by: Shannon Dobbs

Note: Affiliate links are used in this article.  If a linked product is purchased On Common Ground [EIN 81-1626577] may earn a small commission which will not increase the cost of the product. All proceeds earned will be used to support nonprofit food resilience efforts in line with our Charitable Mission.  Learn more by visiting our Disclosure Page.  

Are you trying to eat healthy, but there just isn’t much healthy food available in your neighborhood and you’re stuck riding the bus?  Do you eat out a lot because cooking at home is too hard, whether from age and disability, or time constraints, or the lack of a functional kitchen?  You are not alone.  Millions of Americans are struggling with the same challenges, and these are driving a huge portion of the cascading health problems in communities all over the country. 

Maintaining a healthy lifestyle with food insecurity is HARD, especially in US Food Deserts.  Eating healthy without a functional kitchen, as so many living in renovated motels, dorms on closed campuses and many other situations, is even more difficult.  And navigating all those barriers during a pandemic can be an absolute nightmare. 

Fortunately, there are ways for us to work around environmental barriers that can not only help us to eat healthier, but also save lots of money in the process.  One amazing new tool that is starting to get recognition is the plug-in all-in-one pressure cooker.  These devices are a game changer in so many ways: creating healthy meals with inexpensive resources, cooking food in large batches to meal plan and save time, and the convenience of cooking in a single device to reduce cleanup.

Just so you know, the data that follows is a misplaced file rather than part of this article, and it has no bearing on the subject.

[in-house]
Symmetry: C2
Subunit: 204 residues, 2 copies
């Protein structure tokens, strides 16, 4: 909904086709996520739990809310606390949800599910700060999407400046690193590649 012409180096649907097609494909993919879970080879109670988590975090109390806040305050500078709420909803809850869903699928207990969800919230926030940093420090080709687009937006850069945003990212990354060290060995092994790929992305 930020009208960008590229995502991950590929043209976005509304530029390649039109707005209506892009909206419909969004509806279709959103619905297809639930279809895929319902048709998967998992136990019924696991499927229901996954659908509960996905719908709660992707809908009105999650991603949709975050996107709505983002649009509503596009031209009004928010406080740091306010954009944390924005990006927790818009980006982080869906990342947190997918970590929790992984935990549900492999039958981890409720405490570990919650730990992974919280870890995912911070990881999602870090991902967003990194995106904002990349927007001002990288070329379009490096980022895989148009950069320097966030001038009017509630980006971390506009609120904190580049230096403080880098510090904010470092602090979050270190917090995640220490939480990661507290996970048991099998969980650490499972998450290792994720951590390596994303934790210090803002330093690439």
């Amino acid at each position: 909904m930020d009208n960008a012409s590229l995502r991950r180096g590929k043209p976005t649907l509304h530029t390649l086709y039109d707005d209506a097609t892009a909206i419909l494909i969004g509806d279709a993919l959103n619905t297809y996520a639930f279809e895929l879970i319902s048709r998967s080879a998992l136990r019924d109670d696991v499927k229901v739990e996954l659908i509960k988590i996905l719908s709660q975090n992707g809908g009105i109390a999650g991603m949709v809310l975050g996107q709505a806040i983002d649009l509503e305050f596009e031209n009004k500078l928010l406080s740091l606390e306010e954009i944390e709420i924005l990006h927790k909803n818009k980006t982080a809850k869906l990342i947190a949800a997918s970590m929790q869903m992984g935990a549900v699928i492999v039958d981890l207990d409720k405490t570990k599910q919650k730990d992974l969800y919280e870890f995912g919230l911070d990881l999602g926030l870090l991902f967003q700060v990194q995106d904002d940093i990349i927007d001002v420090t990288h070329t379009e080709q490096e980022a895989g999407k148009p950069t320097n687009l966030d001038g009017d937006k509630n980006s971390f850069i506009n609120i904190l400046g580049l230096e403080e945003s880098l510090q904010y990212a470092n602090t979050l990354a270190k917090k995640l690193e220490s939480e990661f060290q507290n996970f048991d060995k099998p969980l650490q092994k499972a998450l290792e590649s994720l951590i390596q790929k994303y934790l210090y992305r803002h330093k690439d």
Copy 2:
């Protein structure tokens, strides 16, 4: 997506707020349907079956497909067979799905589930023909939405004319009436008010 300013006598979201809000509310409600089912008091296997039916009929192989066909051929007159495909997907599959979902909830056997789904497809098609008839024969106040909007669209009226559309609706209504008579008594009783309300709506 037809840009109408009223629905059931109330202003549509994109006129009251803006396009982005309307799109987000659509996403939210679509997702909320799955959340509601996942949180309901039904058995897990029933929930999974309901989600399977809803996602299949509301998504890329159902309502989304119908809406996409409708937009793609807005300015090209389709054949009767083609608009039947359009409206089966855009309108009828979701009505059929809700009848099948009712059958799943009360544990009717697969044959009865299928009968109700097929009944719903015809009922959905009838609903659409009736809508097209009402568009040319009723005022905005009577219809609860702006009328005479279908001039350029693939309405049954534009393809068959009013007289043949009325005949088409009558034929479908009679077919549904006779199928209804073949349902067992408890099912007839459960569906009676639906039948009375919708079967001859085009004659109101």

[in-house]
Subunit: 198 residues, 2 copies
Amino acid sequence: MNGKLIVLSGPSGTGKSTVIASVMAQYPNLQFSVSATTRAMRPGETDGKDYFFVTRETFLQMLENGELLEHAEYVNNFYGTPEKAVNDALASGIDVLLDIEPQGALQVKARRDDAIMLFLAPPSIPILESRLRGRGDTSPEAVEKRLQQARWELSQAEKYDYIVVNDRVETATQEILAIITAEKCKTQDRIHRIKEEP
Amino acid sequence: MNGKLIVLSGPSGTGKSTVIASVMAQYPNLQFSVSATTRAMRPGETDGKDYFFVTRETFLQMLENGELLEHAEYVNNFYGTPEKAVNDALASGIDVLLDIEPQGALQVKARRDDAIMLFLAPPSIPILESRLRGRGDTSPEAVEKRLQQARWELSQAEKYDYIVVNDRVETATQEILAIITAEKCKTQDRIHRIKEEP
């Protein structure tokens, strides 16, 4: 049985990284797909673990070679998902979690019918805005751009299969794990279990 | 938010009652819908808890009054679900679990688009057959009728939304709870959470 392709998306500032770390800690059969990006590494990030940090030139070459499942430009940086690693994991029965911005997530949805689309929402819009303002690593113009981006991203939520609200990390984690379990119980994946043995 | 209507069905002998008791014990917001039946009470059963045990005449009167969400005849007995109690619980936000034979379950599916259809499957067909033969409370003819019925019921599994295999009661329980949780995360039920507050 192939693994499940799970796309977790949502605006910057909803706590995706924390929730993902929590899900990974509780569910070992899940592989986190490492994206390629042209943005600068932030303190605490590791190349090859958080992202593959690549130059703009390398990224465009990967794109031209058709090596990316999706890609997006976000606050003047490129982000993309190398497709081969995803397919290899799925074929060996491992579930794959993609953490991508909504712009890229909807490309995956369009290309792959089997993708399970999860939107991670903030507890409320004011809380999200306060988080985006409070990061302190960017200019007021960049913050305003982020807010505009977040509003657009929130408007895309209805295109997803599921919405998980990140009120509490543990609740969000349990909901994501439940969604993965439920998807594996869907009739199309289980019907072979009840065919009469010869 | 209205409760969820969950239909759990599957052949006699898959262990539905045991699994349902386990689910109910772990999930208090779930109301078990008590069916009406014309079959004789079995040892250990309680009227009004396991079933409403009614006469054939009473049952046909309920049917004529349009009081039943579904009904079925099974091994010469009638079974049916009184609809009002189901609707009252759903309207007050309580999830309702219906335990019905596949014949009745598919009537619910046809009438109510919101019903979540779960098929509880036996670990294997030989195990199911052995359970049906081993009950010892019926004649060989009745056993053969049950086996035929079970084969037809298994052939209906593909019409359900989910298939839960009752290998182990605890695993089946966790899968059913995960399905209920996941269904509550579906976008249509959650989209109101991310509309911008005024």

Perhaps the single biggest problem that I solved with the device I own, a CrockPot plug-in Multi-use XL pressure cooker, has been cooking dry beans.  Beans are an amazing source of protein and necessary nutrients and should be a staple of every household.  I put them on nearly everything from tortillas to salads (and guacamole IS a salad!  Change my mind).  Once cooked beans can be refrigerated for 3-5 days, or frozen for up to six months. 

Canned beans come pre-cooked but are heavy and hard to transport, especially without a vehicle as so many people living in Food Deserts know all too well.  Canned beans are also far more expensive than the same amount of dry beans, as you are paying for processing, handling, and packaging markup as well as the food itself.   Until recently however, canned has been the only option for long term storage of cooked beans, and cooking them at home is messy, time-consuming, and for those lacking a cook-top virtually impossible. 

This is no longer the case.  Now I can buy a giant bag of dry beans that can feed my family for months for a few bucks, and just toss the bag into a plastic bin or small trash can in the corner of my home.  With my CrockPot plug-in Multi-use XL pressure cooker I can run a HUGE batch of beans from dry to fully cooked in just 20 minutes (don’t forget to soak them first!).  I don’t have to cook them very often since I can freeze them, so I like to divide them into usable portions and pull some out the day before I run through the previous batch. 

Beans are only one of the many healthy cooking options for use with a plug-in multi-cooker.  There are lots of great brands and models available to choose from, including ones even larger than mine.  There are also cookers with additional functions such as Air Frying, which is another great way to eat healthy if you like your food crunchy without the added grease from traditional frying.  Personally, I recommend getting one big enough to not have to cook too often.  

Invest in your health; get yours today!